We created a high-level Lua/Terra API which uses CUDA to execute Terra functions on the GPU. Our API can translate arbitrary Terra code to CUDA code and handles all device memory management and similar issues behind the scenes.


Writing GPU code is time-consuming. CUDA, the best available language for GPU programming, requires a lot of work from the programmer in order to do even simple tasks. The programmer must remember to keep host memory and device memory in sync. He must calculate the number of threads and warps he needs (and the term "warp" is quite confusing if you haven't heard it before). He must calculate for himself the appropriate index at each instance of his kernel. And most importantly, he can only write GPU code in CUDA!

Some APIs like PyCUDA and JCuda have attempted to tackle this problem. Unfortunately, they only address the last point raised above—one can use CUDA functions in the course of writing a Python program, but it is neither easy nor intuitive. In PyCUDA, for example, one must actually embed CUDA code as a string inside of the Python program. Terracuda's goal is to abstract away all these issues and let the programmer write GPU code at his convenience.


Lua is a fast, lightweight, and embeddable scripting language found in places like Wikipedia, World of Warcraft, Photoshop Lightroom, and more. Lua's simple syntax and dynamic typing also make it an ideal language for novice programmers. Terra is a language embedded in Lua which gives easier access to low-level functions (e.g. malloc).

Terra has a few key features we used: it JIT-compiles to LLVM, it interoperates with Lua, and its types are treated as values in Lua. This combined with the recent release of NVIDIA's NVPTX LLVM backend means that we can easily translate between Terra code and CUDA code. Its interoperation means that any Lua value can be used in Terra code, and its type system means that Lua can generate dynamic types on the fly.

Before we delve into the specifics of the API, let's look at a sample implementation of the SAXPY routine in regular Lua and using Terracuda.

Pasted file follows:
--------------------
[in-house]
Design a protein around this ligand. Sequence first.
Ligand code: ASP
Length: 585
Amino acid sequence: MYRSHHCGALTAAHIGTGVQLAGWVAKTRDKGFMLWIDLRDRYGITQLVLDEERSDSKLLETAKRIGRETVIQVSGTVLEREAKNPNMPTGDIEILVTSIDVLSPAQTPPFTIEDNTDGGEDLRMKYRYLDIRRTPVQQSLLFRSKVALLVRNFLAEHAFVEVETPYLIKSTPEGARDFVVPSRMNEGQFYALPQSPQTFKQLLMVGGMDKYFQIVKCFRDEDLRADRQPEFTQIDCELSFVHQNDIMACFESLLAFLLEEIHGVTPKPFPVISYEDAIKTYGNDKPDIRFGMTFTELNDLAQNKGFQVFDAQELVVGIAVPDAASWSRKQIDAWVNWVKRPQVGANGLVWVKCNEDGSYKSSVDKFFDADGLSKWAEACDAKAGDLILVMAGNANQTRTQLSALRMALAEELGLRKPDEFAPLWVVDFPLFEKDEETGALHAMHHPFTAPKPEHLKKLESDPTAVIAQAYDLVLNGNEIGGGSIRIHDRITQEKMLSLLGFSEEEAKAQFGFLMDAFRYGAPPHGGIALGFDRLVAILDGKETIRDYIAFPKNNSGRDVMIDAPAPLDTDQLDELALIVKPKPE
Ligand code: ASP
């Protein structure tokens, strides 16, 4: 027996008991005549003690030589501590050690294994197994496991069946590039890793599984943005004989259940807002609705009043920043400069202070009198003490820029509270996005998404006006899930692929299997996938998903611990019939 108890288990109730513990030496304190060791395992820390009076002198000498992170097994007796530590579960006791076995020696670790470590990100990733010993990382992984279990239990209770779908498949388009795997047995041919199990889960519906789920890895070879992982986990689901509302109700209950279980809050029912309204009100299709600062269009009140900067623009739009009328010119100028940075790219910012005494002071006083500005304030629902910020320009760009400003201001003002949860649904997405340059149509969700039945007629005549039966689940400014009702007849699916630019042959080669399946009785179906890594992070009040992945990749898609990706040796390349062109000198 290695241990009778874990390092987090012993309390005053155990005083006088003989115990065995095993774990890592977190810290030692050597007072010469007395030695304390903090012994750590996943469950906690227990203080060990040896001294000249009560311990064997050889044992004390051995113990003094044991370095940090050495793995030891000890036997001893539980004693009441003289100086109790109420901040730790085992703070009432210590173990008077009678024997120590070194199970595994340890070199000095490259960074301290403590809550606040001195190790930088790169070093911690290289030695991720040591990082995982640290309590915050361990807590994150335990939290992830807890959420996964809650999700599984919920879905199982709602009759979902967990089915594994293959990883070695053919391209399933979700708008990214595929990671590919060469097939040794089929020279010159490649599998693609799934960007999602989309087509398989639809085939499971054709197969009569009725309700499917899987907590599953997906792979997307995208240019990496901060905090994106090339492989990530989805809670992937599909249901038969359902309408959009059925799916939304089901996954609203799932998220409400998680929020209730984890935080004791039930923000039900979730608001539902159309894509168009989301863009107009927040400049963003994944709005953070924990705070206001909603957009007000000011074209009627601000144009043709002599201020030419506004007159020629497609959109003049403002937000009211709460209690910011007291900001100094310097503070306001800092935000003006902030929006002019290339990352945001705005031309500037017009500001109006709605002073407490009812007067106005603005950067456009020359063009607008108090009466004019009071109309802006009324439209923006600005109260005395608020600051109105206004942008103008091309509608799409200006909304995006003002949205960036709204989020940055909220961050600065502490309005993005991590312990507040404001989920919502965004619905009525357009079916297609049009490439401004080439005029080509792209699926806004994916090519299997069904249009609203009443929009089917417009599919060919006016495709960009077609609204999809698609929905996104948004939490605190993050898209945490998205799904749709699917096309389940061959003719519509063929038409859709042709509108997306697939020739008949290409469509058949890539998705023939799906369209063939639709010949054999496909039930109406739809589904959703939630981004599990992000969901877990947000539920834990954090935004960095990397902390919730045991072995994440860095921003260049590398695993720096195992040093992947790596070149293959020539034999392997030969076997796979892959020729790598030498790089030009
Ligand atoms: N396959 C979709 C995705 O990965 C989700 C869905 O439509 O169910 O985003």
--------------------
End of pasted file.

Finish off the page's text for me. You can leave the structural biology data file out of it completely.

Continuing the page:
local P, N = {X = {}, Y = {}, a = 2.0}, 1000
-- populate X and Y

for i = 1, N do
   P.Y[i] = P.a * P.X[i] + P.Y[i]
local P, N = {X = {}, Y = {}, a = 2.0}, 1000
-- populate X and Y

local ptype = cudalib.make_struct_type(P)
local saxpy = cudalib.make_kernel(
terra(p : &ptype, i : int)
   p.Y[i] = p.a * p.X[i] + p.Y[i]

saxpy(P, N)

Both pieces of code above will produce the same output (i.e. P.C will contain the correct values). You may notice, however, that device memory, thread indexing, kernel calls, etc. are all conspicuously absent from the Terracuda code. This is all handled by the API. Here's how it works: consider that you have some table P and a Terra function F that operates on P which you want to convert to GPU code. The process is as follows:

  1. Run make_struct_type(P). Because Terra types are Lua values, Lua can loop through P and generate a new struct type that corresponds exactly with the given input. So in the above SAXPY example, the generated type is struct P { X: &int, Y: &int, a: double }.
  2. Run make_kernel(F). This pre-allocates device memory for every entry inside the struct if possible (the exception being if we have variable length arrays). Then, it JIT-compiles F to CUDA code for later use. Lastly, make_kernel returns a closure over these values which will copy the input into the allocated device memory, run the kernel on the device parameters, and copy the modified memory back to the host.
  3. Run the result of make_kernel with your input parameters as well as the number of threads N to create.

This approach gives great freedom to Terracuda users, as essentially any CUDA program can be translated to Terracuda without much trouble. Note that Terracuda is not purely data-parallel—you can run your kernel over any number of threads with any input! Initially, we wrote the API just in terms of data-parallel primitives like map and reduce, but over time as we learned more about Terra we realized that it empowers us to write more flexible code, and consequently we added more features to the API like struct type creation. For example, matrix multiply looks like this:

local P = {A = {}, B = {}, C = {}, N = 1000}
-- populate A and B

local stype = cuda.make_struct_type(P)
local kernel = cuda.make_kernel(
terra(p : &stype, idx : int)
   var i, j, sum = idx / p.N, idx % p.N, 0
   for k = 0, p.N do
      sum = sum + p.A[i * p.N + k] * p.B[k * p.N + j]

   p.C[idx] = sum

kernel(P, P.N * P.N)

For comparison, the map map primitive looked similar but granted less flexibility. It looked like this:

local A = {}
-- populate A with integers

local kernel = cuda.map(terra(x : int) : int
   return x + 1


That's the basics of the API. You can find the source for the API here: https://github.com/willcrichton/terracuda


The API itself works great, so we concerned ourselves mostly with performance and concision when considering results. We wrote a myriad of applications in C, CUDA, Terra, and Terracuda ranging from SAXPY to a circle renderer we wrote for class. For each application, we sampled execution time and also recorded the size of the codebase required for the CUDA implementation versus the Terracuda one. All code was tested on a Mid-2012 Macbook Pro with an NVIDIA GTX 480 GPU. Each program used the input size listed. We found the following execution times: